Next, will your heirs have to pay estate taxes?

Any property that you leave to your spouse is not subject to federal estate tax. The rest of your estate also will not be taxed, if it is worth less than two million dollars. California has no inheritance tax and its estate tax has been phased out. If you own real property in another state, that state’s inheritance taxes may be applicable to such property.

Next, what other planning should you do?

You can do several things now that can help your executor and family later on:

Property list. Help your executor and heirs know what you own, by making a list of your property and where it can be found. Name your bank accounts, safety deposit boxes, stocks and bonds, real estate and other possessions. Also write down the names and addresses of your creditors - the people and companies to whom you owe money.

Also prepare burial instructions. Let your heirs know in writing if you want to be buried or cremated, if you want to donate organs to a hospital, and where you wish to be buried.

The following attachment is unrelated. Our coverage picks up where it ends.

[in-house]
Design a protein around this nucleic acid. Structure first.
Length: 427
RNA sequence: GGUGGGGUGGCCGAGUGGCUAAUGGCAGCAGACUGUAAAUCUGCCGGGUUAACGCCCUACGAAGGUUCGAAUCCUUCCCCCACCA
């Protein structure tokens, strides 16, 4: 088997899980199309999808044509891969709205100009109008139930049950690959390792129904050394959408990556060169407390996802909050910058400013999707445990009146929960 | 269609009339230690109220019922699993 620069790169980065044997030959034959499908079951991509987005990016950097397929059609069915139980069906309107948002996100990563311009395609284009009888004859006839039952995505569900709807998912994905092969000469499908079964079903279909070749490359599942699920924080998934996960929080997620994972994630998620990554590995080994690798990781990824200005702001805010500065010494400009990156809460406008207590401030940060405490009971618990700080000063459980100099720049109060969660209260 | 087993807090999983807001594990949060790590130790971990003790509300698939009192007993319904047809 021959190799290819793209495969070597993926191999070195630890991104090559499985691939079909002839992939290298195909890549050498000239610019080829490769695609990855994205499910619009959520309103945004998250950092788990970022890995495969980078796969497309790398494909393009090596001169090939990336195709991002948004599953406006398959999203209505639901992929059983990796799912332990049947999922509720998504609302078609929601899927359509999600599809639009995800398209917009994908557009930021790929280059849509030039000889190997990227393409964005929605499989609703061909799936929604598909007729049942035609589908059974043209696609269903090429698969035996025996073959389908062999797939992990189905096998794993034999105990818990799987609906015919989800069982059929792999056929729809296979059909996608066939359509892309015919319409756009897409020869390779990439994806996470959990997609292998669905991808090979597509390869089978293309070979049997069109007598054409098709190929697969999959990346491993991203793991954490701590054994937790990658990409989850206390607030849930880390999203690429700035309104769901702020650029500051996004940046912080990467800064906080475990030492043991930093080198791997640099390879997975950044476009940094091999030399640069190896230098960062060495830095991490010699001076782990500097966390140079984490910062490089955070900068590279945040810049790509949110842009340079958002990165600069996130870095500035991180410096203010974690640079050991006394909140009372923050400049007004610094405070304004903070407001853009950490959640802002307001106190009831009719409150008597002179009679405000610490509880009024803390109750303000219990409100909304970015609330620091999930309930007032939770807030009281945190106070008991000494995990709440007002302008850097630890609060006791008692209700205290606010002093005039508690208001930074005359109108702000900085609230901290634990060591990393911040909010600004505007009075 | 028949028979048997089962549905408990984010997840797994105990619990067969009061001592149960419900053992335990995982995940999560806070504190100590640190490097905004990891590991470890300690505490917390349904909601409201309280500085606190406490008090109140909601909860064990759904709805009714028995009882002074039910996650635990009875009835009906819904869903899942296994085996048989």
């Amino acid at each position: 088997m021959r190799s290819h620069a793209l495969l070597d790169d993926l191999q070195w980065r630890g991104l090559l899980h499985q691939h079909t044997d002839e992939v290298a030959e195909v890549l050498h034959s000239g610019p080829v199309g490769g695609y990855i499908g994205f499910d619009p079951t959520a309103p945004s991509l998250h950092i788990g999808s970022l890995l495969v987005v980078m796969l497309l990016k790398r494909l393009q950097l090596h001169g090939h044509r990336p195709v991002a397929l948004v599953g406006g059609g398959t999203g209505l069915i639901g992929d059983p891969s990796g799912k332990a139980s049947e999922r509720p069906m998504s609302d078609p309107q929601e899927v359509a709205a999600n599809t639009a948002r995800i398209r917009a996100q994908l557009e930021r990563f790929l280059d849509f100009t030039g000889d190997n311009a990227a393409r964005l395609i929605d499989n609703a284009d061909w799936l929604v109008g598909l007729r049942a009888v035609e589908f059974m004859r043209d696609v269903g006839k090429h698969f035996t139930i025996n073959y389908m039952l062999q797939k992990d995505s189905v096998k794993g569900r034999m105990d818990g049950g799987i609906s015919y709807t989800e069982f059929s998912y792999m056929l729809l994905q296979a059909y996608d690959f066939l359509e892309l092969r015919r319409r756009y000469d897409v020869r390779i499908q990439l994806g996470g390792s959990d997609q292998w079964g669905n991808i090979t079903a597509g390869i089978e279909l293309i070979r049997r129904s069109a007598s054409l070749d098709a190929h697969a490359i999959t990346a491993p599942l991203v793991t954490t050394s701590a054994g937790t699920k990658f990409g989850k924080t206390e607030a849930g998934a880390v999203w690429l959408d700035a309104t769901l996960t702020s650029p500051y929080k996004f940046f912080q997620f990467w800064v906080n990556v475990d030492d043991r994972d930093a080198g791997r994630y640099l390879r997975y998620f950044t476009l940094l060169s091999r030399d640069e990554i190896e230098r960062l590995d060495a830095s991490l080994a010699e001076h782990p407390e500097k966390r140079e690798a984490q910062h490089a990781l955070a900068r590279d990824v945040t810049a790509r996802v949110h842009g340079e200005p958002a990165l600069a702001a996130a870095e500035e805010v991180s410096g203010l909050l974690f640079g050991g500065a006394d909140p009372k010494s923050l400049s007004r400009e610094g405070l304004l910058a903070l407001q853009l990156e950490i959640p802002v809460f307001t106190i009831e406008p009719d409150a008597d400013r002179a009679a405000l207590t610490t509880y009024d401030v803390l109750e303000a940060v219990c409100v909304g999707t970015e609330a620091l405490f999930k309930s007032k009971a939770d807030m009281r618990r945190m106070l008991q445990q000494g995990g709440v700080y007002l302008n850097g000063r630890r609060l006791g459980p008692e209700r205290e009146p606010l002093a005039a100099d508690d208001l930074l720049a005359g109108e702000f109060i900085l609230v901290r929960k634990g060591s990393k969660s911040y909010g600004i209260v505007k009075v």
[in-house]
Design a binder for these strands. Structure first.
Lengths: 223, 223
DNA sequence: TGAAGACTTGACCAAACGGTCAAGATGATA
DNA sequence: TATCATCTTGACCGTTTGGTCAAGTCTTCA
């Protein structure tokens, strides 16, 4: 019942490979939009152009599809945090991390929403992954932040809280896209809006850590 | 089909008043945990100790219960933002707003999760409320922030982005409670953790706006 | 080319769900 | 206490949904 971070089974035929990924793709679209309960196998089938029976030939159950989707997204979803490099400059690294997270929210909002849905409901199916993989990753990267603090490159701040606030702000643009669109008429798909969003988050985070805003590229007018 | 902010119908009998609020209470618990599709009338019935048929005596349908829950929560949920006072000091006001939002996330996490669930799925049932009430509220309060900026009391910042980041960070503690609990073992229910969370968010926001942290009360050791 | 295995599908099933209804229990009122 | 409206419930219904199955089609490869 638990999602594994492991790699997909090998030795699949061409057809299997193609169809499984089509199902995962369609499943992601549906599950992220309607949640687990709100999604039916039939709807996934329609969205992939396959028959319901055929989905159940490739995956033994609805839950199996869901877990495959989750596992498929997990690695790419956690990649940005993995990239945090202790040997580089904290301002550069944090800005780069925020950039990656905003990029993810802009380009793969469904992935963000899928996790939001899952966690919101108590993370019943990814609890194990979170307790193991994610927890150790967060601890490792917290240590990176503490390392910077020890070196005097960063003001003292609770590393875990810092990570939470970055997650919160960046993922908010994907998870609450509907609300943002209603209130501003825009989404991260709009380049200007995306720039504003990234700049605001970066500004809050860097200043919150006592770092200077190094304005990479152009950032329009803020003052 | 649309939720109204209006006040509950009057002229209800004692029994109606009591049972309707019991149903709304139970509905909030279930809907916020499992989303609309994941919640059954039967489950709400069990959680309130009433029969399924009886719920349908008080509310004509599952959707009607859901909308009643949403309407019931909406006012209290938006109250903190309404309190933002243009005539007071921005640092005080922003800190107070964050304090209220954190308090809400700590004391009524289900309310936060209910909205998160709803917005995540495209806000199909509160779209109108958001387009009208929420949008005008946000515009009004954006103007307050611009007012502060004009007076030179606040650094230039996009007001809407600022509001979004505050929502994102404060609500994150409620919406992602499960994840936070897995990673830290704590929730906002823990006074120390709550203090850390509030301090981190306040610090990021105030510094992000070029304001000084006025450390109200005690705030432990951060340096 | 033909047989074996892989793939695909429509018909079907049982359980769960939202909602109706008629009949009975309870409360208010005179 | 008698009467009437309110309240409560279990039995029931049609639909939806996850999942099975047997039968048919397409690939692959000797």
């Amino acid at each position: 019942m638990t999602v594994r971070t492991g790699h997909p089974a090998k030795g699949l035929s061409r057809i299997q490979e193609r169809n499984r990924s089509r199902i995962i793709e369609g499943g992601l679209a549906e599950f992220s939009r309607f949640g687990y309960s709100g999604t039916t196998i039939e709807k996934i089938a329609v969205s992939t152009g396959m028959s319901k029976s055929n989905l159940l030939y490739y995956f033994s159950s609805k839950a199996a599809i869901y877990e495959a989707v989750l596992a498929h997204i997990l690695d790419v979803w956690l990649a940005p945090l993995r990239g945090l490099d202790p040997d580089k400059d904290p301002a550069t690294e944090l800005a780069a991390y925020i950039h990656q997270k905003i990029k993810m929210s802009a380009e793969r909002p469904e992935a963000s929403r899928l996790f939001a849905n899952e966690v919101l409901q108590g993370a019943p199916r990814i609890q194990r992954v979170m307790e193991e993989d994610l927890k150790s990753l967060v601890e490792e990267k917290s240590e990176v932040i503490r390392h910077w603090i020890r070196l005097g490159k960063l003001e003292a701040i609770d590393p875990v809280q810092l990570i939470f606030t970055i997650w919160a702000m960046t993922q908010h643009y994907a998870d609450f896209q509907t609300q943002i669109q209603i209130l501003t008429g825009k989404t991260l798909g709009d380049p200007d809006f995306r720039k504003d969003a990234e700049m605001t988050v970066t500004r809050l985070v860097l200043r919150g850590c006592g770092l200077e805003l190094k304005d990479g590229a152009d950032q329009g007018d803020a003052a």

Be sure to tell your executor and family about these papers and where you keep them.

You also can let people know about your:

Life support preferences. Someday you may be seriously ill and unable to let your family and doctors know what kind of medical treatment you would like. For example, if you were in a coma, would you want doctors to use life support systems to keep you alive?

In California, you can use a legal form to name a friend or relative to make medical decisions for you if you are ever unable to do so yourself. On this "Durable Power Of Attorney For Health Care" form, you also state whether you want life support treatment.

Once you have completed this form, the person you named and your doctor must follow your wishes. To find out more about durable powers of attorney for healthcare, listen to SmartLaw message 643.

Durable power of attorney. In California, you can give a friend or relative the power to make financial decisions for you if you are not competent to do so on your own. To find out more about durable powers of attorney for asset management, review SmartLaw message 668.